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2024 REU Research Projects

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The 2024 MatSci REU Application is now closed. Application decisions will be sent to students before the end of Winter Quarter. Check out our website to learn more about other undergraduate research opportunities. 

Click on the links below to jump to each project description and to view the faculty member's website.

Professor Eric Appel

Sustained delivery of biopharmaceuticals 
Project Description: Protein therapeutics are a fast-growing class of pharmaceuticals exhibiting many advantages over traditional small-molecule drugs. Yet biopharmaceutical formulation is particularly challenging on account of the inherent instability of many proteins, their propensity to aggregate, and difficult administration of ideal formulations for extended periods of time. We seek to exploit rational design principles to engineer a novel class of injectable hydrogel materials for biopharmaceutical formulation that can address all these issues. In particular, we are developing novel vaccine delivery platforms that can improve the potency, durability, and quality of immune responses to generate better vaccines against challenging pathogens such as flu, HIV, or COVID. Students will have the opportunity to learn polymer synthesis and characterization as well as protein structure and function characterization. [Back to Top]

Professor Zhenan Bao

Synthesis and characterization of dynamic polymer semiconductors 
Project Description: Flexible and stretchable electronics are of great interest given their broad applications, particularly in bioelectronics. Organic semiconductors can be intrinsically stretchable, but most structures known to date are crystalline or semicrystalline substances, below their glass transition temperatures at room temperature. Dynamic polymer semiconductors, based on new molecular architectures currently being developed in our lab, are promising targets for removing charge trapping by grain boundaries and studying charge transport in well-defined plastic substances. In this project, students will be able to learn and conduct organic and polymer synthesis, materials purification and transistor fabrication. They will also be introduced to various soft matter characterization techniques. Due to the breadth of this project, students will be able to focus on their interests, as determined with their mentors. [Back to Top]

Professor Yi Cui

Materials Design for Aqueous Batteries 
Project Description: This project explores materials design for enhanced energy conversion and storage based on aqueous electrochemistries, which could have a great impact towards grid-scale energy storage. Students will have an opportunity to learn several skills including materials synthesis, structure characterization, battery device fabrication, and performance evaluation. [Back to Top]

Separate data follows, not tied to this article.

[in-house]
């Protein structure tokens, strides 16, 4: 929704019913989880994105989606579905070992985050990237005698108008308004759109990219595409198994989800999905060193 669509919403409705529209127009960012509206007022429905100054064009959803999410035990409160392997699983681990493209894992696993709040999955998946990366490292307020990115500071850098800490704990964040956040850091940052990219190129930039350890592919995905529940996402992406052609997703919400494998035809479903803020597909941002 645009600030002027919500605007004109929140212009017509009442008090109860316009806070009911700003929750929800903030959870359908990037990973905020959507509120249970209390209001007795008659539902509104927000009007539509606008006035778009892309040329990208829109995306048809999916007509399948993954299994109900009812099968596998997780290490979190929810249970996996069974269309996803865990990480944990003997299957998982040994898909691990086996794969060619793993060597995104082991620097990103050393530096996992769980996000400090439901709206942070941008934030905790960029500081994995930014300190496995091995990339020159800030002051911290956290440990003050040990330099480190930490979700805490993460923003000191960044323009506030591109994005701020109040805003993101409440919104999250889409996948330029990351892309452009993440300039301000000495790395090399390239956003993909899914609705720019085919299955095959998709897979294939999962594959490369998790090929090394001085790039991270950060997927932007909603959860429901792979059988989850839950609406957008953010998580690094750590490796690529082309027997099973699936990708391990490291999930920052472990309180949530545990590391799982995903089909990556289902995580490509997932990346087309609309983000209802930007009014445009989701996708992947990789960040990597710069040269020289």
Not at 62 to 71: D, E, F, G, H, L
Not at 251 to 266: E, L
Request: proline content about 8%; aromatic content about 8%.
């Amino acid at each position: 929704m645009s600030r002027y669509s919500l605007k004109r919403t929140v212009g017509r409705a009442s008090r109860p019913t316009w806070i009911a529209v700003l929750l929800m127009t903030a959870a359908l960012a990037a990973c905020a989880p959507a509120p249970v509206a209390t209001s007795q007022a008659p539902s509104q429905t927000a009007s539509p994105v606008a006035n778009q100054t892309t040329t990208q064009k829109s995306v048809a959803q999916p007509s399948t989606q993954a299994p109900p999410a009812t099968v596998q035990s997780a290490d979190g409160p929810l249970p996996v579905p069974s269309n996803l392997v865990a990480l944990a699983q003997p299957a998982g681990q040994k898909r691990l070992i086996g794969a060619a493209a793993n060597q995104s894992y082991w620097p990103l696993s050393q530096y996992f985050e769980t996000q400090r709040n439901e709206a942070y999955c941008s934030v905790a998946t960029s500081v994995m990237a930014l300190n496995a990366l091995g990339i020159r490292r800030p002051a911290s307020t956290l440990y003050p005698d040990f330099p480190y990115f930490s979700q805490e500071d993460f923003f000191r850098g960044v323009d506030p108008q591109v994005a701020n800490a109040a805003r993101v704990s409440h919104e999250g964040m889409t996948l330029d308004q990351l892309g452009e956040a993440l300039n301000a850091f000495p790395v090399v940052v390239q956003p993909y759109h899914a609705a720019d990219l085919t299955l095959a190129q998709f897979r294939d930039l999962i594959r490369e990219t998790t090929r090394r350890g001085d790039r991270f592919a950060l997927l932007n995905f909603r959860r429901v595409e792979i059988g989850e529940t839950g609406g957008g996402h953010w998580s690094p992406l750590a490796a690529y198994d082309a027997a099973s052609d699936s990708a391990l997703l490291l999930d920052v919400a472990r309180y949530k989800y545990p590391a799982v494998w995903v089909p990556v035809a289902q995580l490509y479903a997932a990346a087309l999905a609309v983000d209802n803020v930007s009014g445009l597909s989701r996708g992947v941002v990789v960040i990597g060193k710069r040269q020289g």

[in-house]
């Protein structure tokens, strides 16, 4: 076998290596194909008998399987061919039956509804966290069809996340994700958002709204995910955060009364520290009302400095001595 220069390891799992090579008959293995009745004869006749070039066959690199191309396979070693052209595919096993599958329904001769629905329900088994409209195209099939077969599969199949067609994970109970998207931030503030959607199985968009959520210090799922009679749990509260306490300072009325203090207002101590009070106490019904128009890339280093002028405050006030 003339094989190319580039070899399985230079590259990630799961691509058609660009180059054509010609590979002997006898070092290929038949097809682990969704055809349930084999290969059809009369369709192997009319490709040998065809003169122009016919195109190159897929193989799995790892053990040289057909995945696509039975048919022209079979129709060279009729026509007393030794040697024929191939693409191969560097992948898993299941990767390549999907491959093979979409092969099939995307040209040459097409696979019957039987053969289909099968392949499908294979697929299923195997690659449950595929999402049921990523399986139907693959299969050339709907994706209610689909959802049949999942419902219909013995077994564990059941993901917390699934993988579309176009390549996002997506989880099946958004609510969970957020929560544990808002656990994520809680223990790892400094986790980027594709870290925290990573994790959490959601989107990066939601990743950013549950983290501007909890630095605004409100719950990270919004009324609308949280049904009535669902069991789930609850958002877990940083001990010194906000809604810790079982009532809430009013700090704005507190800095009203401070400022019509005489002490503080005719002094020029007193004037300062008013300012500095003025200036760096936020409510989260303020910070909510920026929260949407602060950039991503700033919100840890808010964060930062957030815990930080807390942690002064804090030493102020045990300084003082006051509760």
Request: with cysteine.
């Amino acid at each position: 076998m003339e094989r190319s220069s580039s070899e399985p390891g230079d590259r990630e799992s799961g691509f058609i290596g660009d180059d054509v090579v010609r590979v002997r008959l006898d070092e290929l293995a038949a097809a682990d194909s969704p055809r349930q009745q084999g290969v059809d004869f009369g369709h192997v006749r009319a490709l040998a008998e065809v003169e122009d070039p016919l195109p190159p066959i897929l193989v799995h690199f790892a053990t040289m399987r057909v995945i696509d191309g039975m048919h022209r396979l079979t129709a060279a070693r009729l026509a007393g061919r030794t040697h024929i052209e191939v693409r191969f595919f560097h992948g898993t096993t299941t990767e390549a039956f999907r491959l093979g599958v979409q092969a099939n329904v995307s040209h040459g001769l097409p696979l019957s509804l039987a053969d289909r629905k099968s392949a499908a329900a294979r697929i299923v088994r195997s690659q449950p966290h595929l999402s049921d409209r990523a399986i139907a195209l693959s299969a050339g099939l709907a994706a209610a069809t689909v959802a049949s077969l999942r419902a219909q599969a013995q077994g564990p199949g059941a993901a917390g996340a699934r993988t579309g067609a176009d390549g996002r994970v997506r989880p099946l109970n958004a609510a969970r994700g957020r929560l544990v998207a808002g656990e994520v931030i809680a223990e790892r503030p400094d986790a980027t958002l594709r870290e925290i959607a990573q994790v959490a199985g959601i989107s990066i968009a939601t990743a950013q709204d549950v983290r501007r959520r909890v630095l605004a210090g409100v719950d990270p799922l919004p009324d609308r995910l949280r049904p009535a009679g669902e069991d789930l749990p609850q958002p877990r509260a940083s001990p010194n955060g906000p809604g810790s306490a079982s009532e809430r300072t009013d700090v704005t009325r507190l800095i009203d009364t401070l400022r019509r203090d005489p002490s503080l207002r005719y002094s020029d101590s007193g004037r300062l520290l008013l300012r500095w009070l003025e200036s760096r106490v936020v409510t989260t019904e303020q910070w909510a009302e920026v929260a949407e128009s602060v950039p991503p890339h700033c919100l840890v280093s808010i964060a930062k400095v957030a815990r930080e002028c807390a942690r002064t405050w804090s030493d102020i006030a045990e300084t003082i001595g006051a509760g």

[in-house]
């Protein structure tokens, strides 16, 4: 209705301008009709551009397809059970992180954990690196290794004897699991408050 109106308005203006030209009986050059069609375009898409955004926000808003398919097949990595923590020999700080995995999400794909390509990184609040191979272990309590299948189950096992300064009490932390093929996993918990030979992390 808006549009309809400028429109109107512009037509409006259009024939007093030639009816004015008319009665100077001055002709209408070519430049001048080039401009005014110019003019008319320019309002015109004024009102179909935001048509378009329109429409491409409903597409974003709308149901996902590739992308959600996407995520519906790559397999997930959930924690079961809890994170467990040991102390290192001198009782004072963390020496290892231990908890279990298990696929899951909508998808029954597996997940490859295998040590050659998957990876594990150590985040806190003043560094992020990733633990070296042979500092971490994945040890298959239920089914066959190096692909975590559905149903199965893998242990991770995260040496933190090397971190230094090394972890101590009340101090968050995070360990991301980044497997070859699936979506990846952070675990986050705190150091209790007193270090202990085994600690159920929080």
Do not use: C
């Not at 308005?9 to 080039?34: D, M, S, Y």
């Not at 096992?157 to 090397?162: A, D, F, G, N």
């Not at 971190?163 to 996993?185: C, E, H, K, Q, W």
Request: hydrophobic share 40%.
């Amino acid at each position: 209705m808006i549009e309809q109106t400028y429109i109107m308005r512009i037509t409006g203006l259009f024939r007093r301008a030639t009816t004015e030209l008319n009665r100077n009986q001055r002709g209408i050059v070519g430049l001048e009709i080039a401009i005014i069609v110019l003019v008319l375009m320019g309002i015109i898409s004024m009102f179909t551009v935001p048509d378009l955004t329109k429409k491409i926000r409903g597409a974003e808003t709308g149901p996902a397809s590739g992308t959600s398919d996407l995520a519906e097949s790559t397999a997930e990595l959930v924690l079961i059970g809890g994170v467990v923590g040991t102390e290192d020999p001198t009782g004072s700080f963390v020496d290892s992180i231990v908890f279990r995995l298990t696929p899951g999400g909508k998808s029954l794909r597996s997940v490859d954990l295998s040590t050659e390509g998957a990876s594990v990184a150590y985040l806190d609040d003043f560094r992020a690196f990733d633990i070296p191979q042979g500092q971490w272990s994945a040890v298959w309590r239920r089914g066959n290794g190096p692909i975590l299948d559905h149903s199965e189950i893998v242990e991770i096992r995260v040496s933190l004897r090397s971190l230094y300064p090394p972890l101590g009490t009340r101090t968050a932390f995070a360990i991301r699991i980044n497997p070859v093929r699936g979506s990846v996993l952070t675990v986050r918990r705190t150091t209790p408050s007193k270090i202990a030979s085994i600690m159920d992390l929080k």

Professor Will Chueh

Investigating MnO2 cathodes for high-performance aqueous batteries 
Project Description: Stationary battery energy storage is going to play a crucial role in grid systems integrated with renewable energy, and aqueous batteries are attractive candidates due to their low cost and high safety. MnO2 is one of the most ideal aqueous cathodes in this regard. However, traditional Zn-MnO2 alkaline batteries fail to achieve satisfactory performance metrics because of the irreversible Zn intercalation into MnO2. The aqueous subgroup has been developing Sn-based materials as a novel type of aqueous anode with the potential of overcoming the drawbacks of the Zn counterpart. Working with our aqueous subgroup, you will work to assess the stability of MnO2 in different aqueous electrolytes and their compatibility when paired with a Zn- or Sn-based anode. This will provide critical information for enabling a well-performing aqueous full cell. Techniques you will learn or be exposed to: hydrothermal syntheses of MnO2 materials, X-ray diffraction (XRD), X-ray photoelectron spectroscopy (XPS), scanning electron microscopy (SEM), rotating disk electrodes (RDE) and electrochemical tests, electrode sheet and pouch cell fabrication, and cell testing. [Back to Top]

Professor Reinhold Dauskardt

Nano-mechanical behavior and reliability in energy devices 
Project Description: The intent of this project is to study the nano-mechanical properties and adhesion of advanced thin-film structures that have applications in a wide range of emerging technologies. The goal of the work is to develop a fundamental understanding of how the films’ mechanical properties are related to their nanostructure and processing conditions. The student will gain familiarity and experience with a number of experimental techniques, including thin-film sample preparation and the use of atomic force microscopy (AFM), X-ray photoelectron spectroscopy (XPS), and scanning electron microscopy (SEM) for analyzing fracture surface composition and morphology. [Back to Top]